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- From A Small Tale To A Big Story
- A Hundred Million Dollar Market
- The Striped Atlas Of Civilization
- İstanbul Through The Eyes Of The Master Cartoonists
- Lord Of The Fish
- Turkish Music Therapy
- The Enchanted City Of Columns
- A Civilization Fond Of Jewelry The Urartu
Write: Vedat Başaran Photos: Serkan Eldeleklioğlu
Lord Of The Fish
Lord Of The Fish
Standard fare on fish menus, bluefish (Turkish ‘lufer’) tops the list of fish lovers’ favorites for the flavor of its flesh and its distinctive aroma.
Karakin Deveciyan has done extensive research on the fish of Turkey and turned that knowledge into books. As this master puts it, “Lüfer is not to be confused with other fish. It is distinguished by the flavor of its flesh, its boldness in attacking fish bigger than itself, its way of snapping lines and its dexterity in getting away.”
Highly valued by the people of İstanbul, lüfer has been called at different times ‘the sultan of the strait’. Unlike any other fish, this beloved bully of the Bosphorus is also known by a variety of different names depending on its stage of development, from the small koruk and defne to the slightly larger çinekop and sarıkanat and, finally, the full-grown lüfer and kofana. Line fishing buffs wait patiently at the Bosphorus entrance to the Black Sea in early September to catch the first lüfer of the season.
In summer schools of lüfer make their way from the Aegean to the Marmara and the Black Sea to lay their eggs. Developing in the Black Sea’s nutrient-rich waters, they head back down the Bosphorus starting from mid-September. If they manage to elude today’s powerful radar-equipped fishing boats during this migration, they live for a long time in the Bosphorus and the Marmara providing a catch all winter.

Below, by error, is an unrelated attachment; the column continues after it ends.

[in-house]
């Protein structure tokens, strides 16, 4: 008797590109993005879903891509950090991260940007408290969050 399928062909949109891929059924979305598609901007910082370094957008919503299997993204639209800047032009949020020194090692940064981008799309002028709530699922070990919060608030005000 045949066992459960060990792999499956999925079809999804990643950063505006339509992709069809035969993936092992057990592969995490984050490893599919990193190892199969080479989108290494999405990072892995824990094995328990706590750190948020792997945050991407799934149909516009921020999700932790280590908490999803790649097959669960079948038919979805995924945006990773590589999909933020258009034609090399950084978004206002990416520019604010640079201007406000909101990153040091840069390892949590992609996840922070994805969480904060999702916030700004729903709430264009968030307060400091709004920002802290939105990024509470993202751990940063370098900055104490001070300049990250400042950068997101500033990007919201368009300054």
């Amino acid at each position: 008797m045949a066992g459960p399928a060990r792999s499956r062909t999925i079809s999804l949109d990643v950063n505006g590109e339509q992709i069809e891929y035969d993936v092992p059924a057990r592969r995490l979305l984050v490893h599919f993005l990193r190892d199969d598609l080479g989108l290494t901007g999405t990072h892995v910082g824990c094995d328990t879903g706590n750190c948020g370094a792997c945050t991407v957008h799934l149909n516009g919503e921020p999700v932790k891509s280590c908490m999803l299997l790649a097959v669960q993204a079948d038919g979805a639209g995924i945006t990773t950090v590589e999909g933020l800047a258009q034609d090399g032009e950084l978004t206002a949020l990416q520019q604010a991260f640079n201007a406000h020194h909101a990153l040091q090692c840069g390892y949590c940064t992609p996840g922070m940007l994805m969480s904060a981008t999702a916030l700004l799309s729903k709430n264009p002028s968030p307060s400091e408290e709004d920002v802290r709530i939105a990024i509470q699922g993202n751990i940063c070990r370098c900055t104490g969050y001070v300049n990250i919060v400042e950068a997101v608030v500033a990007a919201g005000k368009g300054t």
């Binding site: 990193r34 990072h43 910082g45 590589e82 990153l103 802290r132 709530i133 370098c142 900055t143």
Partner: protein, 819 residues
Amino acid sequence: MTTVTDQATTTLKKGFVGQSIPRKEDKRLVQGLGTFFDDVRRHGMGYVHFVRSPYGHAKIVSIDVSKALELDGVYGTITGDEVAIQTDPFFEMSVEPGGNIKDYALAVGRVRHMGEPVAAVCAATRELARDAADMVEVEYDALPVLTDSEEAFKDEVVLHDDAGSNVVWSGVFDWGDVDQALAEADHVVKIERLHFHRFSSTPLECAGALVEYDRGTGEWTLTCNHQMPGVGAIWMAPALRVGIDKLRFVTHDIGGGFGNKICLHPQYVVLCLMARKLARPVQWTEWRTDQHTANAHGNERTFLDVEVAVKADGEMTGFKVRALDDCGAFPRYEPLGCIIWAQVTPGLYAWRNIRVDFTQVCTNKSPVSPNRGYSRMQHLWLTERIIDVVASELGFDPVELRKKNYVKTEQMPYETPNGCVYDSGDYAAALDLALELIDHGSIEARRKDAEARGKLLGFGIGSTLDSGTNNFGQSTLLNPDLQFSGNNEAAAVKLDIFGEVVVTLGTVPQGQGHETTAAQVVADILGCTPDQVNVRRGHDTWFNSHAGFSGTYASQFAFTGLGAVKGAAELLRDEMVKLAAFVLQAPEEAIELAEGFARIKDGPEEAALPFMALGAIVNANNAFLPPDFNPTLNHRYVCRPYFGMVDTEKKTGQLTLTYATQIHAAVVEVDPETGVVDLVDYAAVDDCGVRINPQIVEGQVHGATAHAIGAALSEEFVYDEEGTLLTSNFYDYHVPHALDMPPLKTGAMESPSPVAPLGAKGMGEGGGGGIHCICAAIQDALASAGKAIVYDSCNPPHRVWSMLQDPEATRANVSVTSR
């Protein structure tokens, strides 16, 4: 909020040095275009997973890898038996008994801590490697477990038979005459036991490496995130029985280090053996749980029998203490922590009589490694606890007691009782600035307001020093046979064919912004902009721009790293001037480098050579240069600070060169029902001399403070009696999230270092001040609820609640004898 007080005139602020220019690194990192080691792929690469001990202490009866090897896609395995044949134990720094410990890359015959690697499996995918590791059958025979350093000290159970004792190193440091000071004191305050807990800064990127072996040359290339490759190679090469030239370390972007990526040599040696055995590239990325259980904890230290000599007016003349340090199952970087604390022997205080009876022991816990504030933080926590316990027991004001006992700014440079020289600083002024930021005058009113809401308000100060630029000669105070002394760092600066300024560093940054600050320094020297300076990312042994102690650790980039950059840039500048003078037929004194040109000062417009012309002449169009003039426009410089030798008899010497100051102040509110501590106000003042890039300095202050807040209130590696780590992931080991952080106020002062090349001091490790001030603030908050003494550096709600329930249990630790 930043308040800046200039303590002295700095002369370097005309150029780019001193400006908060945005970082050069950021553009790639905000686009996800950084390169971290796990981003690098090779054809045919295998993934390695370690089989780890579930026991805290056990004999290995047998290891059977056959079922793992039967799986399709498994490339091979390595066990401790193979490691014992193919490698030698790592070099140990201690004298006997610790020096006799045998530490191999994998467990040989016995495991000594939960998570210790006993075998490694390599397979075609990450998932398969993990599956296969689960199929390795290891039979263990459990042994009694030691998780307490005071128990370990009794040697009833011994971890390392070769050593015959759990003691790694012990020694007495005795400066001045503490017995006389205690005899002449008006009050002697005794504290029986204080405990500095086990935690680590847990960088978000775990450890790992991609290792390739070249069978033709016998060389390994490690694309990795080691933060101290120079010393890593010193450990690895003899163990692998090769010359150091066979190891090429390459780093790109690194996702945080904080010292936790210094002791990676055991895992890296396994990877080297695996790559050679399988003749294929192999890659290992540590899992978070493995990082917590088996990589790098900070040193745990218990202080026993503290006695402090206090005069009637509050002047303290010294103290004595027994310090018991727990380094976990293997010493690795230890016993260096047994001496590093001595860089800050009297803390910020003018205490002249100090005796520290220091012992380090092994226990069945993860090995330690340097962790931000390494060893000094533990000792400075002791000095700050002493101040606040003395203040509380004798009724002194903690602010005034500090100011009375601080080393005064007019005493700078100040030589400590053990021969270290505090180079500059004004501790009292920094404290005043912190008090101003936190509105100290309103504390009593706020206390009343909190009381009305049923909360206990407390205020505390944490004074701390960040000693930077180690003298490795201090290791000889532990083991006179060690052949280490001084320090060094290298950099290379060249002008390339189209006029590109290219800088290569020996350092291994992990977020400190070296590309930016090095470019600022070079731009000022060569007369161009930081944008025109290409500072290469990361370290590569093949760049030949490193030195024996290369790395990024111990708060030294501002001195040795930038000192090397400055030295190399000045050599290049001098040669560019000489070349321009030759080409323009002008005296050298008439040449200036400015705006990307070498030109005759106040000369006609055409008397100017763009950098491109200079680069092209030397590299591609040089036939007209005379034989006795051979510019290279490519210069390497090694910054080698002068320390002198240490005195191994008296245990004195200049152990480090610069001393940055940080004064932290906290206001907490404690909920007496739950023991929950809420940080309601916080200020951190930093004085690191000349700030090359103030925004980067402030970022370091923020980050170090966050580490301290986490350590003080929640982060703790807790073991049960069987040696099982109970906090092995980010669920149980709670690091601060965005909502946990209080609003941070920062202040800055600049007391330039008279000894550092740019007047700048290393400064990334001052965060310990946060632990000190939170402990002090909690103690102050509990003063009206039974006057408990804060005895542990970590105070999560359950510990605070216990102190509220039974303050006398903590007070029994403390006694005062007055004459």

The lüfer that are widely caught in nets today live in schools. Not particularly fast-moving, they tend to be fatty and therefore more tasty. The lüfer caught by line fishing are those that swim independently outside of schools. More fast-moving, they contain less fat and are therefore less flavorful than those caught in nets. Unlike net-caught lüfer, however, lüfer caught on a line stay fresh longer.
Once common in the Golden Horn, lüfer today will probably not be seen much longer even in the Bosphorus. Every effort made to preserve them is therefore worthy of support. Following recent efforts, some fish have started returning to the Golden Horn. Let us hope lüfer will one day be among them.
1 bluefish, 300 gr rice, 100 gr butter, 75 gr olive oil, 1 tsp salt, 1/2 tsp cinnamon, 1/4 bunch fresh dill, finely chopped
Clean the fish well. Fillet with a knife, bone and prepare for cooking. Heat the butter and olive oil in a skillet and add water. Sprinkle with the salt and cinnamon. Rinse the rice and drain in a sieve, then add to the boiling water and stir. When it returns to the boil, add the fish fillets over the rice, lower the heat and let stand over low heat 10-12 minutes. Then remove from the heat and let sit for 5-6 minutes. Remove to a serving platter and garnish with the chopped dill.
1 bluefish, 1 red onion, finely chopped, 1 clove of garlic, 1 tomato, skinned and finely chopped, 1 tsp vinegar, 1 tsp currants, 2 sticks of cinnamon, 1 bay leaf, 3 tbsp olive oil, 1 cup water, 1/4 tsp black pepper, 1 tsp salt.
Clean and wash the bluefish and cut into thin slices. Brown in olive oil on both sides and remove to a platter. Heat more olive oil in a skillet and add the chopped onion and garlic. When the onions are well cooked, add the chopped tomato and stir. Add the salt, pepper, stick cinnamon, vinegar, currants and bay leaf and a cup of water. Bring to a boil, then add the fish slices to the boiling sauce. Let simmer over low heat for 8-10 minutes and remove from the heat. Serve piping hot.